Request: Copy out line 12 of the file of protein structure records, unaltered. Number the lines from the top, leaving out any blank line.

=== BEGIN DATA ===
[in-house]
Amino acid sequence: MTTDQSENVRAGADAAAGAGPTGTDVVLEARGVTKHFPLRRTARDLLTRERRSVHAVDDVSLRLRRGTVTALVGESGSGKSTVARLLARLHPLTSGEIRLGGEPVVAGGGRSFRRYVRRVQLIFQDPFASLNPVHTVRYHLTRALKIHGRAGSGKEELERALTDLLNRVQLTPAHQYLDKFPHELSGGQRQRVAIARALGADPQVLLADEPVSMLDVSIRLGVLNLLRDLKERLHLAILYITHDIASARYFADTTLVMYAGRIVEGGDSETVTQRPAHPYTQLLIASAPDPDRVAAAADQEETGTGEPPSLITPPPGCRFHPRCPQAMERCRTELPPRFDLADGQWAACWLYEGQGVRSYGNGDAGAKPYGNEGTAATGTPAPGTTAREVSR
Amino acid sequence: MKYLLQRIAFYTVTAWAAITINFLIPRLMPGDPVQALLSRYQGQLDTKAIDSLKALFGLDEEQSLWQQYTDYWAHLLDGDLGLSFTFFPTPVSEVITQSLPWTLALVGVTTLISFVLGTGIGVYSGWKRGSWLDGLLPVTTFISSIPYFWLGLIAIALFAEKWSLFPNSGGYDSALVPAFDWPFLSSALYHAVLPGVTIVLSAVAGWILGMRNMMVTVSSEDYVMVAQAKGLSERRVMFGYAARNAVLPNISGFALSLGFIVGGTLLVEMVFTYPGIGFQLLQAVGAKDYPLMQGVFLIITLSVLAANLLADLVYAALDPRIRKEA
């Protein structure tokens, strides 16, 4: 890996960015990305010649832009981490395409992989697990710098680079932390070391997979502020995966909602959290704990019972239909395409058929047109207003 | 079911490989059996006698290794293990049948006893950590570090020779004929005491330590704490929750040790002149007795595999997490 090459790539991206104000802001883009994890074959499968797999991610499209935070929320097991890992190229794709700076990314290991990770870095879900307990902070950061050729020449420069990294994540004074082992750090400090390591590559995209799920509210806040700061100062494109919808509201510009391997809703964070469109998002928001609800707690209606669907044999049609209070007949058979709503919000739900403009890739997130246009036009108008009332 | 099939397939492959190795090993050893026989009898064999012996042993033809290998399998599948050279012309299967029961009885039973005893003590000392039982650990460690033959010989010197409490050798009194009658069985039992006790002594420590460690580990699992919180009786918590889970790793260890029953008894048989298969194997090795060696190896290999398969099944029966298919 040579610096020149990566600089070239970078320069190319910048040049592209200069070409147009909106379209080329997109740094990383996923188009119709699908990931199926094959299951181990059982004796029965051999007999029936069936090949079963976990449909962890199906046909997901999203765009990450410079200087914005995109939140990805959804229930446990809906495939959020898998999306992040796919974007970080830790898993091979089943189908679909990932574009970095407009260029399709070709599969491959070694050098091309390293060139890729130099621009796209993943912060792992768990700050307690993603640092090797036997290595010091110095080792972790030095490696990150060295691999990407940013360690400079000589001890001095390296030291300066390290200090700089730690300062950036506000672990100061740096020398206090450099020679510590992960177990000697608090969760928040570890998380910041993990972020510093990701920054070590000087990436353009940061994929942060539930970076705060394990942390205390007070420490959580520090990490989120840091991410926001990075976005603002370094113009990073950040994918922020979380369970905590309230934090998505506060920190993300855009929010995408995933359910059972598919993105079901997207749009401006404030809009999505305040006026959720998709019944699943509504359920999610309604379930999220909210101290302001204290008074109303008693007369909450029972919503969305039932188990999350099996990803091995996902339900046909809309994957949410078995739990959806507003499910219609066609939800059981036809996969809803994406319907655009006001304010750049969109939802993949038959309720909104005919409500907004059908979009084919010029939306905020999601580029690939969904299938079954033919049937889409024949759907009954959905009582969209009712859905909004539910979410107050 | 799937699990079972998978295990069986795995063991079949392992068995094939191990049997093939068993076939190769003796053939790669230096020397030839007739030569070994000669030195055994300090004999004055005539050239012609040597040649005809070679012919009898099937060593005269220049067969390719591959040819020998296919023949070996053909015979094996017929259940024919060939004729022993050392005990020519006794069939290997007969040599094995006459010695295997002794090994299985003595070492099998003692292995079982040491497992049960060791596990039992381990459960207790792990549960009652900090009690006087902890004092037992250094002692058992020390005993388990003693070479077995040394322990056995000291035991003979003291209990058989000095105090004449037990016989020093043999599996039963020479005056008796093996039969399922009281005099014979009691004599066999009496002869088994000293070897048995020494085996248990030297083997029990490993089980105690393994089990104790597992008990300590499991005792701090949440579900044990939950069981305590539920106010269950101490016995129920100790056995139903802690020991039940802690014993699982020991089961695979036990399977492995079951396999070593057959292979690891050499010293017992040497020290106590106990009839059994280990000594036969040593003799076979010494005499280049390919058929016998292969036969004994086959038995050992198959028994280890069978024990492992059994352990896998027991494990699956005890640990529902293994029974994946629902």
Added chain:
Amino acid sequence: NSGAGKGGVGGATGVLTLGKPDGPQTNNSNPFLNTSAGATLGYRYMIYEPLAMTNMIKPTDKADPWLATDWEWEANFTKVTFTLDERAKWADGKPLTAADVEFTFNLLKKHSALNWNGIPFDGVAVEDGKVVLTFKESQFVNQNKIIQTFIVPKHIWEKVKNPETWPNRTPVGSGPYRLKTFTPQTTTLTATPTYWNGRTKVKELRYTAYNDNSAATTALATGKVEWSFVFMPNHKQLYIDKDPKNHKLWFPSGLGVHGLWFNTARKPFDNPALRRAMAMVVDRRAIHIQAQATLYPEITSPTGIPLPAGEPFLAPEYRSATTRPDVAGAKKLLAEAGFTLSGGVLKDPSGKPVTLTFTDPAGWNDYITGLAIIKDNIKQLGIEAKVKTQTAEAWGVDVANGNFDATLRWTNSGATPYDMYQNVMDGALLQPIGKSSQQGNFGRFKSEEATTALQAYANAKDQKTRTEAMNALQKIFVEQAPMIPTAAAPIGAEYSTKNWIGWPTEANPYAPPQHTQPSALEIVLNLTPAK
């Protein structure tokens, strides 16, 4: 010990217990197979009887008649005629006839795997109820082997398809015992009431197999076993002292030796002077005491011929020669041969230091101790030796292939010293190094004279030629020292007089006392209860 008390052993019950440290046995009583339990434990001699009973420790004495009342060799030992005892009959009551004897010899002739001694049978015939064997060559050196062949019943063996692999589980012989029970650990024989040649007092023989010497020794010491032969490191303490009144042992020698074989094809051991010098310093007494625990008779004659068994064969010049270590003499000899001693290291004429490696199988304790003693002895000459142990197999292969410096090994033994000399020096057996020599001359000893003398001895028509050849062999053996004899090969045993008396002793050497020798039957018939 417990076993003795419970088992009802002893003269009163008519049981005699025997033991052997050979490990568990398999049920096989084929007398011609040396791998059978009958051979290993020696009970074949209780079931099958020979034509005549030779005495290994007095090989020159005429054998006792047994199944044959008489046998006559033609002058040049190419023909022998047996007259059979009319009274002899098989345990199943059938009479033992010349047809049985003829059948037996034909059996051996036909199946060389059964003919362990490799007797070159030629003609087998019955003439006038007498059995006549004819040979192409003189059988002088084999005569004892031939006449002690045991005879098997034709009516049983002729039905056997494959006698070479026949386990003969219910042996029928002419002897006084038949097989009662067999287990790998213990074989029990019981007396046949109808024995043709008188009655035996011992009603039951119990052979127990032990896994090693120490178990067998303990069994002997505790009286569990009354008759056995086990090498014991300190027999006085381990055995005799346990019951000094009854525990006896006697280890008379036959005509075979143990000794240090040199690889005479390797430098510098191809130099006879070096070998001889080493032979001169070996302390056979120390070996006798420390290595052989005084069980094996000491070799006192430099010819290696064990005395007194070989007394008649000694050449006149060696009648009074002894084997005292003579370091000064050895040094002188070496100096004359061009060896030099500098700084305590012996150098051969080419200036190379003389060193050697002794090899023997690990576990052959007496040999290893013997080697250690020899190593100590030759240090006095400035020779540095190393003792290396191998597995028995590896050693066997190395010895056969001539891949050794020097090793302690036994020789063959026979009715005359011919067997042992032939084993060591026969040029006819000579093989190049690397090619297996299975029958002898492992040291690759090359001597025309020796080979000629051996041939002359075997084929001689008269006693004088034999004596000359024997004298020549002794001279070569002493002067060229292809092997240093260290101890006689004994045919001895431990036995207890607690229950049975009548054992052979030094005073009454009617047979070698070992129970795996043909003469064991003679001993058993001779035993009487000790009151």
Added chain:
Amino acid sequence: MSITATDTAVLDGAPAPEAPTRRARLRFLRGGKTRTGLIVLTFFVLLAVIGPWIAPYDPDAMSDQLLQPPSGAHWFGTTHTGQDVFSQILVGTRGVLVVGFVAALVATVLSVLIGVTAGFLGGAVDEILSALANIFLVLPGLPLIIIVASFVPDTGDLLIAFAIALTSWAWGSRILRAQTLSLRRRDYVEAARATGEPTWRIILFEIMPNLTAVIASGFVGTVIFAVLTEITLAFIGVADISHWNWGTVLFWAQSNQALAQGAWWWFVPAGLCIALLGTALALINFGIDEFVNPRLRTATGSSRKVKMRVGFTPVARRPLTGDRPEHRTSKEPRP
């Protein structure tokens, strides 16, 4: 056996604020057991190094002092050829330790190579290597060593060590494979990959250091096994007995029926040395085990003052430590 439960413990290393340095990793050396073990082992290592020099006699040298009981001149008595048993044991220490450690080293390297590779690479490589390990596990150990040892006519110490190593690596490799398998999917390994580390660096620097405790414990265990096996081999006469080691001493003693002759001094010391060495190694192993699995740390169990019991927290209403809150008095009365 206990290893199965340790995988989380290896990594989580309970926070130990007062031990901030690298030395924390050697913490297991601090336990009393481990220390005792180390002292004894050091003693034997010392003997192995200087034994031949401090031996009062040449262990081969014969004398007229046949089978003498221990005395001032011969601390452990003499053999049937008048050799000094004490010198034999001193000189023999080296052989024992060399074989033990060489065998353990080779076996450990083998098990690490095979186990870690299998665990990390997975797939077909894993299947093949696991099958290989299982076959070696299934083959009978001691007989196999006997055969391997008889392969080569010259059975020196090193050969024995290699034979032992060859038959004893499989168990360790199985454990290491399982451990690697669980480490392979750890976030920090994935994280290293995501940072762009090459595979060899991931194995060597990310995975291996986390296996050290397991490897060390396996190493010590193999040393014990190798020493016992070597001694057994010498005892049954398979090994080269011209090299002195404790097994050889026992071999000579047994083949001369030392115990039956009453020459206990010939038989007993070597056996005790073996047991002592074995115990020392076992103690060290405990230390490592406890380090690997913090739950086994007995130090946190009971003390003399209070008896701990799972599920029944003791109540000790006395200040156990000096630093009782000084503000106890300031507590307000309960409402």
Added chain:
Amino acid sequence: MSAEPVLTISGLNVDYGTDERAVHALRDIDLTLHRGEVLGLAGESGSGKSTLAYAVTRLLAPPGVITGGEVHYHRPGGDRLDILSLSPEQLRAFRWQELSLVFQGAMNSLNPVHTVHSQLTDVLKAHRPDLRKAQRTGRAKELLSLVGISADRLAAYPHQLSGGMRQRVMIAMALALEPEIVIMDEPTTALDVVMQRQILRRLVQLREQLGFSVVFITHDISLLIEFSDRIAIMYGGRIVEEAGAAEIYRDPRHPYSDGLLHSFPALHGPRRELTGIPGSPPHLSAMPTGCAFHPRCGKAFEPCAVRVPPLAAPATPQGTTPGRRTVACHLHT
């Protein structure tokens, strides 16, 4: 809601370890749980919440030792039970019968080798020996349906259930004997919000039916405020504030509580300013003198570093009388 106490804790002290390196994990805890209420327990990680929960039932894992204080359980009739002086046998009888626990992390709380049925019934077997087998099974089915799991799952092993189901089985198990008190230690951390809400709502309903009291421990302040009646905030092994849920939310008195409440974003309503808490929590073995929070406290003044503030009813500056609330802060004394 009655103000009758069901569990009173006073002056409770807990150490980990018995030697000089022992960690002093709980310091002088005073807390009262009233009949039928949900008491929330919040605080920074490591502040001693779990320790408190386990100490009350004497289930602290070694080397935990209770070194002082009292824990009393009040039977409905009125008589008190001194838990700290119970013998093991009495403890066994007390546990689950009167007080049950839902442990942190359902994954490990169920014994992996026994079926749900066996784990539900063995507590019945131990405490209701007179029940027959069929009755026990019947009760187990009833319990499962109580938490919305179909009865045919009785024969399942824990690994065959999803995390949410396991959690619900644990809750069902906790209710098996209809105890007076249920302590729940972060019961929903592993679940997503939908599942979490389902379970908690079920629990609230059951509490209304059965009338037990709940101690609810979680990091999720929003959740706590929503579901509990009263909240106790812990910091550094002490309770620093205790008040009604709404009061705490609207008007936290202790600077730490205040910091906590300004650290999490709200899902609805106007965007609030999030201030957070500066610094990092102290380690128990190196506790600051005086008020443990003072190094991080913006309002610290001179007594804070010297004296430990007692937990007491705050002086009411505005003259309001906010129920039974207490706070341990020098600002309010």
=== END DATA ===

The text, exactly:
Amino acid sequence: MSAEPVLTISGLNVDYGTDERAVHALRDIDLTLHRGEVLGLAGESGSGKSTLAYAVTRLLAPPGVITGGEVHYHRPGGDRLDILSLSPEQLRAFRWQELSLVFQGAMNSLNPVHTVHSQLTDVLKAHRPDLRKAQRTGRAKELLSLVGISADRLAAYPHQLSGGMRQRVMIAMALALEPEIVIMDEPTTALDVVMQRQILRRLVQLREQLGFSVVFITHDISLLIEFSDRIAIMYGGRIVEEAGAAEIYRDPRHPYSDGLLHSFPALHGPRRELTGIPGSPPHLSAMPTGCAFHPRCGKAFEPCAVRVPPLAAPATPQGTTPGRRTVACHLHT